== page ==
Diner regular tips staff $3,000 on $39 check just in time for the holidays

It's not about the money for this man who's honoring his late mother.

Byby ANDREA MILLER
December 18, 2017, 4:13 PM
PHOTO: Dwayne Clark, CEO of Aegis Living, and Julie Welsand, a waitress at the Brief Encounter Cafe, on Dec. 18th, 2017, when Clark went back to visit the diner staff after he left a $3,000 dollar tip for their hard work around the holidays.
Dwayne Clark, CEO of Aegis Living, and Julie Welsand, a waitress at the Brief Encounter Cafe, on Dec. 18th, 2017, when Clark went back to visit the diner staff after he left a $3,000 dollar tip for their hard work around the holidays.
Courtesy Charlotte Starck

— -- A frequent customer stunned the employees at a Washington state diner this weekend with a tip that far exceeded the recommended 20 percent.

He tipped the staff $3,000 on a $39 check at the Brief Encounter restaurant in Bellevue.

"At first, they didn't know who it was," diner owner Melanie Bard said of her mystified employees.

The 12-person staff initially thought it was a mistake, but the back of the receipt spelled out a story from the big tipper:

PHOTO: On the receipt Dwayne Clark wrote, "You guys do a great job! When I was 7, I washed dishes and my mom cooked in a diner like this, we were dirt poor and didn't have money for Christmas. Hopefully, this will help all of you have a better Christmas."
Dwayne Clark wrote out a thank you note on the back of his receipt, "You guys do a great job! When I was 7, I washed dishes and my mom cooked in a diner like this, we were dirt poor and didn't have money for Christmas. Hopefully, this will help all of you have a better Christmas."
Courtesy Charlotte Starck

"You guys do a great job! When I was 7, I washed dishes and my mom cooked in a diner like this. We were dirt poor and didn't have money for Christmas. Hopefully, this will help all of you have a better Christmas," the customer wrote.

Bard said she knew it was Dwayne Clark, CEO and founder of Aegis Living, an assisted living community, who comes in to eat regularly on the weekends with his wife.

"He's a great customer when he comes in," Bard said, adding that he has been coming in for the past eight years.

PHOTO: Dwayne Clark, CEO of Aegis Living, (man in booth) has been a regular with his wife (sitting across from him) at the Brief Encounter Cafe in Bellevue, Washington for eight years.
Dwayne Clark, CEO of Aegis Living, (man in the booth) has been a regular with his wife (sitting across from him in the booth) at the Brief Encounter Cafe in Bellevue, Washington for eight years, and Saturday, Dec. 16th, he left the small diner staff a generous tip of $3,000 dollars.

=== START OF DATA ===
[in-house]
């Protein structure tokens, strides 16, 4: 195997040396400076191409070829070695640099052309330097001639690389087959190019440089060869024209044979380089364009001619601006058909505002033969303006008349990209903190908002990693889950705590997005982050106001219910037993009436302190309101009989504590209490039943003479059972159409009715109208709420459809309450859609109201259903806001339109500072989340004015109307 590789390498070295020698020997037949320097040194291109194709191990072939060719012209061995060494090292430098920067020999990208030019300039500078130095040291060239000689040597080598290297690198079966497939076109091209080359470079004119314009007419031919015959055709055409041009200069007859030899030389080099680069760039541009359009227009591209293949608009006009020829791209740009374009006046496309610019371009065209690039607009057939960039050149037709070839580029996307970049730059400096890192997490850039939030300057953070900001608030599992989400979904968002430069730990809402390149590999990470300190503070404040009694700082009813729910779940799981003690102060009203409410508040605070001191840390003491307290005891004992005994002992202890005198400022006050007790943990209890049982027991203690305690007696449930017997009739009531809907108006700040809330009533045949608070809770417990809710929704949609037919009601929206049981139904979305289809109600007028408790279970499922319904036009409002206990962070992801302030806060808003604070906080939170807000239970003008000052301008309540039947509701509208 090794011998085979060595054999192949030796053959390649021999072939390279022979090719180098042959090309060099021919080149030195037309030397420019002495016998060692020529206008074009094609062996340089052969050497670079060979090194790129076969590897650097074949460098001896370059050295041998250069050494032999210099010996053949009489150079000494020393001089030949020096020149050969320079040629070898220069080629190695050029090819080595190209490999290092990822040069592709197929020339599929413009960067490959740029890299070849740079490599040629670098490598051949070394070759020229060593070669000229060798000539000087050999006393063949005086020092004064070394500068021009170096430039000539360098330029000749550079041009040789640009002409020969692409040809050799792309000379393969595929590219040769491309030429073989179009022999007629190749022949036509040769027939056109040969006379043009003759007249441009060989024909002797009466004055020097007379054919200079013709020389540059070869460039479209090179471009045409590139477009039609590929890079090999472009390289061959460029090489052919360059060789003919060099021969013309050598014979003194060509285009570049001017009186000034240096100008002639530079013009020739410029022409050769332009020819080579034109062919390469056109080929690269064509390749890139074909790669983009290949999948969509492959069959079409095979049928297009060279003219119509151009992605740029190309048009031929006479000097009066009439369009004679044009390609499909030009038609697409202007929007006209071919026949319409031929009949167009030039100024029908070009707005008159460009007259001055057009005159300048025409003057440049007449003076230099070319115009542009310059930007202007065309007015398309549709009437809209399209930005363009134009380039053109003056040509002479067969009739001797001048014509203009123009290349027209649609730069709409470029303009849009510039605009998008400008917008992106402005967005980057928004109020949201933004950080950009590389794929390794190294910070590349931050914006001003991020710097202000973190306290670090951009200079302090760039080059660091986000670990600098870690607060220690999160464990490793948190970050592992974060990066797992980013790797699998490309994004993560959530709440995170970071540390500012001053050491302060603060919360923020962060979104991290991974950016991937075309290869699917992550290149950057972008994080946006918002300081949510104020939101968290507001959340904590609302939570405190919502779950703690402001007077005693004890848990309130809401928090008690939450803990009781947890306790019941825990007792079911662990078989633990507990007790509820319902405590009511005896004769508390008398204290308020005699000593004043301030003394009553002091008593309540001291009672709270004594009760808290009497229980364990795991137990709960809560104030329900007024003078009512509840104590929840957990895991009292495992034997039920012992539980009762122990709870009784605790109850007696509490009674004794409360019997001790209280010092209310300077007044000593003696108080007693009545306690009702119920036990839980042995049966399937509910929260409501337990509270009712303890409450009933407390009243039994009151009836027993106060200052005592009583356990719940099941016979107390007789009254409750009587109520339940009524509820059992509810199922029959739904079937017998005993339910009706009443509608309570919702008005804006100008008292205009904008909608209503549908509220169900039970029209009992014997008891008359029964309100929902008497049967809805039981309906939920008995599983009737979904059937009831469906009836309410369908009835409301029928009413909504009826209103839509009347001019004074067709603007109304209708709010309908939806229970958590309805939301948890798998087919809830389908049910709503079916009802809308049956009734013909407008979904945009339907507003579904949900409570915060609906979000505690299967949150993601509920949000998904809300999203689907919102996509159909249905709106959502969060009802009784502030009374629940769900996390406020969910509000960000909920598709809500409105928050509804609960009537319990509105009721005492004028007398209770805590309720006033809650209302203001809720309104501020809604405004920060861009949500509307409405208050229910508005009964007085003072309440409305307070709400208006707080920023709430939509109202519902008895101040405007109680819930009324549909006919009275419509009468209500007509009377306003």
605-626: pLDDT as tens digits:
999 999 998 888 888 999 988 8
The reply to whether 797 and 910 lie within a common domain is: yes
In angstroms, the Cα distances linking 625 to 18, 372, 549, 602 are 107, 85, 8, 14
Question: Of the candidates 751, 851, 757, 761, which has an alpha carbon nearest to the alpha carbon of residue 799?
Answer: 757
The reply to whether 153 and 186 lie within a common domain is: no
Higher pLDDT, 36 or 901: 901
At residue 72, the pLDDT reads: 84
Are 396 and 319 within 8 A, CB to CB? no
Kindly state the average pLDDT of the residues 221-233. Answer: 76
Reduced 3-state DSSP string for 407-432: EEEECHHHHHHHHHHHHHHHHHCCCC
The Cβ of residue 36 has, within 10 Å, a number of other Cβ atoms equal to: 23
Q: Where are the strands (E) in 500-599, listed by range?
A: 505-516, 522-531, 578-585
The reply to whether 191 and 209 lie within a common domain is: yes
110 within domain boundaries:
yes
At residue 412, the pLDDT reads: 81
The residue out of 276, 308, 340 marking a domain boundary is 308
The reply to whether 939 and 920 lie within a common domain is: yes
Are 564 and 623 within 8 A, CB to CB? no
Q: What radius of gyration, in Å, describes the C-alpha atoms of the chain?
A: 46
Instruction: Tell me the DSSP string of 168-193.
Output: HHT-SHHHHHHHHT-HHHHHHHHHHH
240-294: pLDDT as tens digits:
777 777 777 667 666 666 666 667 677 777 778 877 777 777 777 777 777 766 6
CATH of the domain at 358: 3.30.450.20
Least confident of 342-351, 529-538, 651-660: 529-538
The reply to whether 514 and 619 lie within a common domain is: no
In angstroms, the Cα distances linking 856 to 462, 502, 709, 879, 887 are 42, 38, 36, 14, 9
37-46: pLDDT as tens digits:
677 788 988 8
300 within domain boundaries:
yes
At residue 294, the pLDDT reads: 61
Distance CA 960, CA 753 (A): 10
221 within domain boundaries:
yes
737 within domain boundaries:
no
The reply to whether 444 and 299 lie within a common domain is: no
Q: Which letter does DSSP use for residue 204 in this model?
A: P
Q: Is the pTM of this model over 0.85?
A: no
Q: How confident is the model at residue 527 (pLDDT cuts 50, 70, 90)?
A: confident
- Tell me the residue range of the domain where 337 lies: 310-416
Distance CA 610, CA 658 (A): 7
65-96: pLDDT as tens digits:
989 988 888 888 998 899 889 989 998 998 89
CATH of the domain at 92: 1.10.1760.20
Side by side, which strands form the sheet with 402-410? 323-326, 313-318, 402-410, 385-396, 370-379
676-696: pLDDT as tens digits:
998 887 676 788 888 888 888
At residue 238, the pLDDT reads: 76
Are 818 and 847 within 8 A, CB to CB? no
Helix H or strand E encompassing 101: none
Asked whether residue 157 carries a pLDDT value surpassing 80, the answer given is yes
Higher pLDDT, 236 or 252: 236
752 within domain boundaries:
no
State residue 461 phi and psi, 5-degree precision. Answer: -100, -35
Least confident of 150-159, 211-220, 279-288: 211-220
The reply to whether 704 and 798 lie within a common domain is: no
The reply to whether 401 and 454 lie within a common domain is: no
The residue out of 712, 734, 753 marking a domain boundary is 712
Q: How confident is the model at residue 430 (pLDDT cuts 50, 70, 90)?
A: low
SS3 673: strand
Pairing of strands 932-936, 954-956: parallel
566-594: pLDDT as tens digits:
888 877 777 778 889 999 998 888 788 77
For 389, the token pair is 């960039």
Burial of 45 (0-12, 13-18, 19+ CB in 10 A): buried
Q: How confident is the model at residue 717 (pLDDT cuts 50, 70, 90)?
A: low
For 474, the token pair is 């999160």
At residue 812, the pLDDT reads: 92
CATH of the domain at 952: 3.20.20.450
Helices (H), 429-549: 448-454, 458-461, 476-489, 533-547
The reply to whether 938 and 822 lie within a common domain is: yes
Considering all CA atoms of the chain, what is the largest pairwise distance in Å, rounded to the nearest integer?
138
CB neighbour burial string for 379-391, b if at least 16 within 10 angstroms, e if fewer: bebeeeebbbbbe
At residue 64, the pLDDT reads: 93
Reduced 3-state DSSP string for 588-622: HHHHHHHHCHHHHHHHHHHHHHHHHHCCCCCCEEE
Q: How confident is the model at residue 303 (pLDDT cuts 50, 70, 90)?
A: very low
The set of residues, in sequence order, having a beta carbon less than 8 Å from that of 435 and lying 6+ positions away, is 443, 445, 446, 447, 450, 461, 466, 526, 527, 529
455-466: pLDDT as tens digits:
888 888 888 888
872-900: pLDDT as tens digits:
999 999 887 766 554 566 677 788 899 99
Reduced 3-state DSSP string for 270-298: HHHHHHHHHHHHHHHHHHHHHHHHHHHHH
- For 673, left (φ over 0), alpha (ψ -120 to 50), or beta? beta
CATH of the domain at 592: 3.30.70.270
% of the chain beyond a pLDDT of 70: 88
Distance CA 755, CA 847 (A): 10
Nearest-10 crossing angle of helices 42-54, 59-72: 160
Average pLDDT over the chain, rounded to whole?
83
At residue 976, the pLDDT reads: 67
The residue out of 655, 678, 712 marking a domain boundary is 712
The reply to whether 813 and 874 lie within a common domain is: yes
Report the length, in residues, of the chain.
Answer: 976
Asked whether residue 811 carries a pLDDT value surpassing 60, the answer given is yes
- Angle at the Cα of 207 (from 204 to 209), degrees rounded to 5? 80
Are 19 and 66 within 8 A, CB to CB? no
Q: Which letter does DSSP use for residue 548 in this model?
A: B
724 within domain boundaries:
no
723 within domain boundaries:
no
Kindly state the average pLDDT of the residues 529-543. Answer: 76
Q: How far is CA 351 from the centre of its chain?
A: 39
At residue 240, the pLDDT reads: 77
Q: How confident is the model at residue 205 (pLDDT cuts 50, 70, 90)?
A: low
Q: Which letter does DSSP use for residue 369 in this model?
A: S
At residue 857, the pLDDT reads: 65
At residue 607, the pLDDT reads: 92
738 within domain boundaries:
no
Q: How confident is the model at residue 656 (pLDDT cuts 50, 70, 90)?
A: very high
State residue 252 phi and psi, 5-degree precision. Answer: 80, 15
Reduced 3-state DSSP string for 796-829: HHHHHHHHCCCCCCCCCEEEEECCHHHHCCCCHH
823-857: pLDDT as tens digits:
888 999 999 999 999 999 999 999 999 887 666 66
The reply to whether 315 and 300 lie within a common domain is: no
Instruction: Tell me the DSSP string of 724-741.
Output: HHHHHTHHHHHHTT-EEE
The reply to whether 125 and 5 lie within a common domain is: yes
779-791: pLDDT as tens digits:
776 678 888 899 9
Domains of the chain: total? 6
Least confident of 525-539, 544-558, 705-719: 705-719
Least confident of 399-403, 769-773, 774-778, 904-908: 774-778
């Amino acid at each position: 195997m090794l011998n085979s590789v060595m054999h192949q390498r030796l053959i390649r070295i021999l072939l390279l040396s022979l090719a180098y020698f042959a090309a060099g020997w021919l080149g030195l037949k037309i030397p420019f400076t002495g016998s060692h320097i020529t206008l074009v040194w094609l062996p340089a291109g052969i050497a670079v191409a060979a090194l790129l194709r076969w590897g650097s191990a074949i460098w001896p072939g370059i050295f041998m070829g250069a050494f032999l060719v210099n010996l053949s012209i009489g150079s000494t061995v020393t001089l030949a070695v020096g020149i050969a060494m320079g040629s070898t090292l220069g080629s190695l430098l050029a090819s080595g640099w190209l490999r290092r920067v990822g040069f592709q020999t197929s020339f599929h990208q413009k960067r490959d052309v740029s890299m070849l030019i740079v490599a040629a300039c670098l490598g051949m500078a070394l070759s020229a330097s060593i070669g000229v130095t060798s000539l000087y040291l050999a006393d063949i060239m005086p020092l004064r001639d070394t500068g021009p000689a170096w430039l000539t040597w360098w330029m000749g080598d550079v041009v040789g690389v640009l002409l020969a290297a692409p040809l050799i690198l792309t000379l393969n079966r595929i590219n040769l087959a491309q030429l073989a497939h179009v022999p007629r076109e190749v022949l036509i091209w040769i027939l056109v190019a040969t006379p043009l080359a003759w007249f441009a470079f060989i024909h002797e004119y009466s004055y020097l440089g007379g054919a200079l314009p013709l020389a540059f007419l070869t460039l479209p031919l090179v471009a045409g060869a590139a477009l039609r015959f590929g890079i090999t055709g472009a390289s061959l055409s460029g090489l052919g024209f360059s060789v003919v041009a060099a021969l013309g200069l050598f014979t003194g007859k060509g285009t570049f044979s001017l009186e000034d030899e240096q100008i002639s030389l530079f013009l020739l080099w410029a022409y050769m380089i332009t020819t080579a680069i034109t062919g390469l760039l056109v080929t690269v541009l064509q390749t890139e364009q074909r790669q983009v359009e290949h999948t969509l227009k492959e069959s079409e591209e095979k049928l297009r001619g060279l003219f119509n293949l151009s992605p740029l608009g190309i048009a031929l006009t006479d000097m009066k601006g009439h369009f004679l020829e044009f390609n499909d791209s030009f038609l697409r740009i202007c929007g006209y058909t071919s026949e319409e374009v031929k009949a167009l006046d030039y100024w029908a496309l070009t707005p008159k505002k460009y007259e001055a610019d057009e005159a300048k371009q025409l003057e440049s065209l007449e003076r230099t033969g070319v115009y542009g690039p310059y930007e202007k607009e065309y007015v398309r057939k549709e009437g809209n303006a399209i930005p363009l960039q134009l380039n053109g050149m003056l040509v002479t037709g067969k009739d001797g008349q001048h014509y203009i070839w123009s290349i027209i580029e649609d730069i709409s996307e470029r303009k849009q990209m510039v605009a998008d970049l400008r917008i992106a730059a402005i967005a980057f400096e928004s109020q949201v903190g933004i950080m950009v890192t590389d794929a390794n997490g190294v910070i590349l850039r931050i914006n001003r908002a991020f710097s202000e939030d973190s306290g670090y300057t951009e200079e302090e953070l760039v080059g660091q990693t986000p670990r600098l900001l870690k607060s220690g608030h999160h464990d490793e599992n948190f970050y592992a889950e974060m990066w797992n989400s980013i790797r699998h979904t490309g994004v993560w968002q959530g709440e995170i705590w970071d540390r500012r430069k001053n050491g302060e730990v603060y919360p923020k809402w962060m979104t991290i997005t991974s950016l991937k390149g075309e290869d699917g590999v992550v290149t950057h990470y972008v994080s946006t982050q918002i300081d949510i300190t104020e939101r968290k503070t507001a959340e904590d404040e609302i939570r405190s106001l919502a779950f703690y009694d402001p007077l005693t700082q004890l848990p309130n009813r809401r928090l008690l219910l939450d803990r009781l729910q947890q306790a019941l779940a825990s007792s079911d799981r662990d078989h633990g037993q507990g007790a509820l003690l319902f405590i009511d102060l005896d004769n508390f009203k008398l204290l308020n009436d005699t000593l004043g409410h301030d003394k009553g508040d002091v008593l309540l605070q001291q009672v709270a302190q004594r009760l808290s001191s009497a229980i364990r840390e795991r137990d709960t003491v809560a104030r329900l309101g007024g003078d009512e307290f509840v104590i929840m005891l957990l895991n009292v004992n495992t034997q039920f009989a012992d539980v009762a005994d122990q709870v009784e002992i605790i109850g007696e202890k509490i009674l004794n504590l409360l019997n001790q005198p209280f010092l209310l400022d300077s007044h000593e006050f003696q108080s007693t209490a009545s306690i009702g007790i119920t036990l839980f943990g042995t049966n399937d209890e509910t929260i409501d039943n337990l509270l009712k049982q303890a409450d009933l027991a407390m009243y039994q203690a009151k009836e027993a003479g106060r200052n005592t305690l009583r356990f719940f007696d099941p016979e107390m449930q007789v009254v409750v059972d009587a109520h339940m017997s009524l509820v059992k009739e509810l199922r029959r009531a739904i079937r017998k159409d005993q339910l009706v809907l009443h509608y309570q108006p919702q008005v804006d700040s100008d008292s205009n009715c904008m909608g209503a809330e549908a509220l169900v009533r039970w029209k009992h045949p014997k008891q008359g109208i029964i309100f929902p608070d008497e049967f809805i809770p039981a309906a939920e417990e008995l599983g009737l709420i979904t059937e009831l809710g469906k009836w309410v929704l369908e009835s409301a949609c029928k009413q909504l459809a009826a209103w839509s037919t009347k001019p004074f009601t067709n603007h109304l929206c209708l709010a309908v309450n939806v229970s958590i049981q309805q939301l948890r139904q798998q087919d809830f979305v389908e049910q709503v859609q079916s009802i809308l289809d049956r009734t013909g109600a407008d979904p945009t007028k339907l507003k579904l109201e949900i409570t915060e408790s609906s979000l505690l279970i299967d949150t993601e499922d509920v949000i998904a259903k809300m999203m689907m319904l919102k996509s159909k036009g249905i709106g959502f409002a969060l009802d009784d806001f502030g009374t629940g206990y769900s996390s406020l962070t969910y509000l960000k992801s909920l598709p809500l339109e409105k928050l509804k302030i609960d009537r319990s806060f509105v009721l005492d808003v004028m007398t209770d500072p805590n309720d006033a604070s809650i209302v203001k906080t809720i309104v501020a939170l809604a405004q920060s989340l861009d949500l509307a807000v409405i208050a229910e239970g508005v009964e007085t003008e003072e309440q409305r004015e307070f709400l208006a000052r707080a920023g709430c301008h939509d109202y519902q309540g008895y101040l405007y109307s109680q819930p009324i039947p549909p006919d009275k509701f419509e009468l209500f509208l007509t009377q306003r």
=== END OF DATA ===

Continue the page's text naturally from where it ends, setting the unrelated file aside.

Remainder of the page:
Courtesy Charlotte Starck

Clark said he wanted to “do something in appreciation of my mother, who's not with us anymore, and because of the Christmas season.”

He remembers tagging along with his mother as she worked in the food service industry to provide for him and his three siblings, putting all four of them through college.

"I saw how hard my mom worked for people who weren't always appreciative," Clark said.

PHOTO: Dwayne Clark, CEO of Aegis Living, eating his usual breakfast at the Brief Encounter Cafe in Bellevue, Washington, on Dec. 18th after he left a generous tip for the staff over the weekend.
Dwayne Clark, CEO of Aegis Living, eating his usual breakfast at the Brief Encounter Cafe in Bellevue, Washington, on Dec. 18th after he left a generous tip for the staff over the weekend.
Courtesy Charlotte Starck
PHOTO: The front of the Brief Encounter Cafe, owned by Melanie Bard, in Bellevue, Washington, where Dwayne Clark left the staff a generous tip.
The front of the Brief Encounter Cafe, owned by Melanie Bard, in Bellevue, Washington, where Dwayne Clark left the staff a generous tip.
Courtesy Charlotte Starck

Clark left the tip with Julie Welsand, his waitress at the diner Saturday, a spokeswoman for his company said

The staff will split the tip evenly, $250 each, as Clark requested, which Bard said helps them out the gift-giving season.

Neither Welsand nor the other employees was available to speak with ABC News.

Clark stressed that this is isn't about the amount of money he gave, but instead about the sentiment behind it.

"You don't have to give money. You can write appreciative notes and say thank you," he said of wanting to inspire a tipping movement this holiday season. "It would go a long way to nourish all of us."

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